Welcome to this Linux tutorial. Every computer has background software that helps in receiving and delivering the commands that the user feeds. Without a particular managing system, the computer will not be able to connect the hardware and the software. It basically speaks with the computer and provides instruction on what to perform. This manager is known as an operating system. Every desktop, laptop, server computer, gaming consoles, mobile phones, smartwatches and iPods are embedded with an operating system. 

In this article about Linux tutorial, let us look at:

  1. What is Linux?
  2. Structure of Linux 
  3. UNIX Vs Linux
  4. Linux Distribution and License
  5. The core of this Linux tutorial: the Linux installation process
  6. Linux Text Editors

1. What is Linux?

Now that this Linux tutorial has got you interested in learning Linux, let us get started from the basics. Linux is an operating system. So for those who are new to operating systems, it is the most essential software that helps the smooth running of the computer. The operating system plays a crucial role in connecting the user to their computer from managing the software, hardware, memory, and various programmes. Just like Microsoft and UNIX, Linux is one such open-source operating system. It receives the user’s command and delivers it to the respected programme or software that deals with hardware and other resources. 

Developed in the early 1990s the Linux operating system was developed by the Free Software Foundation and Linus Torvalds.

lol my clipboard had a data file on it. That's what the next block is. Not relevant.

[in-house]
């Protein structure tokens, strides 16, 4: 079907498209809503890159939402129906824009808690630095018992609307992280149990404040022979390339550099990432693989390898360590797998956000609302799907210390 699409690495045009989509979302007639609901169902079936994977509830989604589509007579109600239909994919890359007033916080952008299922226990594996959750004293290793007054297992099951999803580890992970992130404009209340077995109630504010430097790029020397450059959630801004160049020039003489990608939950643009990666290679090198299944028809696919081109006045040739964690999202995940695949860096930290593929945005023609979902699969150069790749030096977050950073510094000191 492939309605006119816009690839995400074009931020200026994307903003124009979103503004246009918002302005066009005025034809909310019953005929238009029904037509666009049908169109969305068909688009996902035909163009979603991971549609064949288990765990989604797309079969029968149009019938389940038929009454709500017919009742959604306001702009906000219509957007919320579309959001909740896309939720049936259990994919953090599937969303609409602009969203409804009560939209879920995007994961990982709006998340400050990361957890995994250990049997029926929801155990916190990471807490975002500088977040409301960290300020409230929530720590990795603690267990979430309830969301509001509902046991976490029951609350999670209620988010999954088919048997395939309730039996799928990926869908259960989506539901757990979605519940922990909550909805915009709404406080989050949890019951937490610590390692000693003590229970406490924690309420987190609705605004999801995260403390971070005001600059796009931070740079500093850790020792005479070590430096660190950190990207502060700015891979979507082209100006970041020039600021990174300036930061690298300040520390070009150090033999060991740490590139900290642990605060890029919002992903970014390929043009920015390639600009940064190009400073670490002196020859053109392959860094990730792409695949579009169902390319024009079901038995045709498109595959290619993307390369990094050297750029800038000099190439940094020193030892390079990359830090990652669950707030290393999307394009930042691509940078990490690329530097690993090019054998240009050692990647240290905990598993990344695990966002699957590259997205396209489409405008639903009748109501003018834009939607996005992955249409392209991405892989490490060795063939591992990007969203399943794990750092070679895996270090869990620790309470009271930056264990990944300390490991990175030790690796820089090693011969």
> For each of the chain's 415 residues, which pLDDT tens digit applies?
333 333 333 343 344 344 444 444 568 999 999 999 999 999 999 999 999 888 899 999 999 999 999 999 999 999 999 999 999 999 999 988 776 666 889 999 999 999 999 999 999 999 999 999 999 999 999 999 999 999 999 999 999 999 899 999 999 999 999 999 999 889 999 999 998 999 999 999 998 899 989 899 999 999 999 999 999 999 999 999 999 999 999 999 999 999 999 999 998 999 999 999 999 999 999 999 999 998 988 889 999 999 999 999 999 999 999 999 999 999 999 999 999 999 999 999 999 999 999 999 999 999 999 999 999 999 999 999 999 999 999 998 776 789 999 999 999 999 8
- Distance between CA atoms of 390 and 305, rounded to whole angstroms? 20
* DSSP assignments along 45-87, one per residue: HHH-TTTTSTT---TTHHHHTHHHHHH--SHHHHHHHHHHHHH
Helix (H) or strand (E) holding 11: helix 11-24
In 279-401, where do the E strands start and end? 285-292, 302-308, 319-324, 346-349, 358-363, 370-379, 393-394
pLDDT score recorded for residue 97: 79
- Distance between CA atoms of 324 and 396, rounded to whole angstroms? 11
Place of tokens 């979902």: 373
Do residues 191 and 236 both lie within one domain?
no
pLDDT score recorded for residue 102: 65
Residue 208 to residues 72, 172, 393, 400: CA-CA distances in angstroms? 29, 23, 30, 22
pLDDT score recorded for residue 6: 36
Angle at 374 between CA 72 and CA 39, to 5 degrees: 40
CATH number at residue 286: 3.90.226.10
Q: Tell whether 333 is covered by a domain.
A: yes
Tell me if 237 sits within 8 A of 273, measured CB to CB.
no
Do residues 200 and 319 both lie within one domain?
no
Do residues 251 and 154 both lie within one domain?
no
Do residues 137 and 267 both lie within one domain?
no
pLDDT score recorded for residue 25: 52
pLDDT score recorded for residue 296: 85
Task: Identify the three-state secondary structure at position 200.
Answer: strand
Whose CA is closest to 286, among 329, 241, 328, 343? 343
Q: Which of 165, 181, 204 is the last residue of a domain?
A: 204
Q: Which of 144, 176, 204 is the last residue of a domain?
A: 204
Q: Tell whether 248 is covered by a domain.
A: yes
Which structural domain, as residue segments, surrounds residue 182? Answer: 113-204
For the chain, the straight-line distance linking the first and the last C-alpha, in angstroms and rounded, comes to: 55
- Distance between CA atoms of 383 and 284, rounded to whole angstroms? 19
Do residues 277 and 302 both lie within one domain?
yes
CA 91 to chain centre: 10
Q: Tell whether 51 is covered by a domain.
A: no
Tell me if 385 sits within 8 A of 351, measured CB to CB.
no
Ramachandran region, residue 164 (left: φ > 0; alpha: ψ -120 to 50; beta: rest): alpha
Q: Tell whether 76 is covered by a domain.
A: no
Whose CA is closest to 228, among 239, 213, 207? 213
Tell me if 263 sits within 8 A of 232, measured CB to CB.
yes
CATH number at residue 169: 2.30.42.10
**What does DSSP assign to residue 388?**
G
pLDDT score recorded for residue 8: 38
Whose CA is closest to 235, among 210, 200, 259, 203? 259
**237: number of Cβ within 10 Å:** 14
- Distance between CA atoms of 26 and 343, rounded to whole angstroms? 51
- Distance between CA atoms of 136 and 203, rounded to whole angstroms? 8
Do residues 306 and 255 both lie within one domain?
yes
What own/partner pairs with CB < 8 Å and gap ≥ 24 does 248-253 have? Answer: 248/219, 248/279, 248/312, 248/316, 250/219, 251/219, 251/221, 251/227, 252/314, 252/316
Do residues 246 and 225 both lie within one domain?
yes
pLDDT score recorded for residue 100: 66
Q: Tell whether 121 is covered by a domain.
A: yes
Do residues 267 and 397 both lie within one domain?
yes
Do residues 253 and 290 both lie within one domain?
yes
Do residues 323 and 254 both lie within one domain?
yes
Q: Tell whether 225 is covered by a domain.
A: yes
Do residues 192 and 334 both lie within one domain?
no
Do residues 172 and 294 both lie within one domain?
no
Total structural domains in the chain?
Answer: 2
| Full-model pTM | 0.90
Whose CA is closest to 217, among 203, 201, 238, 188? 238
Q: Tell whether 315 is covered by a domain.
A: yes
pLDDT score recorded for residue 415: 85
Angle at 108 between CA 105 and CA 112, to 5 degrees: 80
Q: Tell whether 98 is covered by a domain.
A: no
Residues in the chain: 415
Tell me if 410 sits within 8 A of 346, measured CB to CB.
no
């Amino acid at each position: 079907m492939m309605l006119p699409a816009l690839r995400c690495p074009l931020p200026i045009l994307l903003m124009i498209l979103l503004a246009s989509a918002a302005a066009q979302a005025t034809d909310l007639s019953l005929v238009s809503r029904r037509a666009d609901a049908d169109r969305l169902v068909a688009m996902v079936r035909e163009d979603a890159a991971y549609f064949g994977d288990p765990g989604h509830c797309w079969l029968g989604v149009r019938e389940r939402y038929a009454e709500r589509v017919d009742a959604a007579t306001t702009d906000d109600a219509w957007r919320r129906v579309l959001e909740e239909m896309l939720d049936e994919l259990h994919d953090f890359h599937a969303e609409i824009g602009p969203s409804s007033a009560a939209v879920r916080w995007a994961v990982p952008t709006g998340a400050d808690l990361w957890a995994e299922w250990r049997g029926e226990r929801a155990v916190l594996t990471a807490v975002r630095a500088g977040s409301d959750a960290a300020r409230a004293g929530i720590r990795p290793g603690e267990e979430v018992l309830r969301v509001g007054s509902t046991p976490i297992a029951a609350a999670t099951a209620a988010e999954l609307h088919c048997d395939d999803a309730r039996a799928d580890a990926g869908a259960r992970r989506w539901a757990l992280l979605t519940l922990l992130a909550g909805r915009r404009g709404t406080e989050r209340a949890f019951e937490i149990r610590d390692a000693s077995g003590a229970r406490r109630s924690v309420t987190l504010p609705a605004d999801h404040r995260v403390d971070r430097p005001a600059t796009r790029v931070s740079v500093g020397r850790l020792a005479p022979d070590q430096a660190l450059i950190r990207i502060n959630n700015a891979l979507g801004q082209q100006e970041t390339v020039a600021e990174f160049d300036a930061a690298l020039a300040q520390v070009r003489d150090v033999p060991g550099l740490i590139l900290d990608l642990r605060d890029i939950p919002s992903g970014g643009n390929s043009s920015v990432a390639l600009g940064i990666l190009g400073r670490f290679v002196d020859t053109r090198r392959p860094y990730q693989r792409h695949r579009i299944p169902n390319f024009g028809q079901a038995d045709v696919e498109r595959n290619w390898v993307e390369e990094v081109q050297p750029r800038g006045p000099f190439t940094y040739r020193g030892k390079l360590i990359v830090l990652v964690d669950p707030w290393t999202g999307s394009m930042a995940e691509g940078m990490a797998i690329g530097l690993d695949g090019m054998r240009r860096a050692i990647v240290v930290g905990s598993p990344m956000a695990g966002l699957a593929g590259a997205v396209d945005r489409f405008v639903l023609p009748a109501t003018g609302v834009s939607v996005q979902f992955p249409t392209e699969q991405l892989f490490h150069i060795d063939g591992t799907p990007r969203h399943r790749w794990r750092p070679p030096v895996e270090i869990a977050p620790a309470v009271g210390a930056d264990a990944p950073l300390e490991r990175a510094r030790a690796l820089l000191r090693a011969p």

2. Structure of Linux 

Like any other operating system, Linux has a set of software that functions differently. The components are,

  • Kernel- The Kernal is the heart of this operating system. It manages the communication between the software and the devices. The device driver in the Kernal stores the data that is related to all the devices. It helps in keeping track of the used and unused memory for better performance in the future. 
  • System libraries- For the kernel to perform smoothly, certain applications have to be developed in order to initiate the kernel to execute the task. These applications are stored in the system libraries. They are given a particular instruction according to the kernels function. Glibc is one such system library for Linux.
  • System tools- Linux has a set of system tools that are exclusive to certain functions. These simple commands are free to everyone.
  • Development tools- These tools are known as toolchains. The developers use these to develop their application and provide the required update.
  • End-User tools- They are provided to make the application unique to the developers or users. The tools include multimedia players, browsers, etc.

3. UNIX Vs Linux

A proper Linux tutorial would be remiss if it didn’t compare Linux to its competing UNIX:

Key differences:

  • UNIX OS was created in 1960 and the source code is not public. Whereas, Linus was created in 1991 and the source code is available to the public.
  • Linux’s default shell is BASH and UNIX’s is Bourne Shell.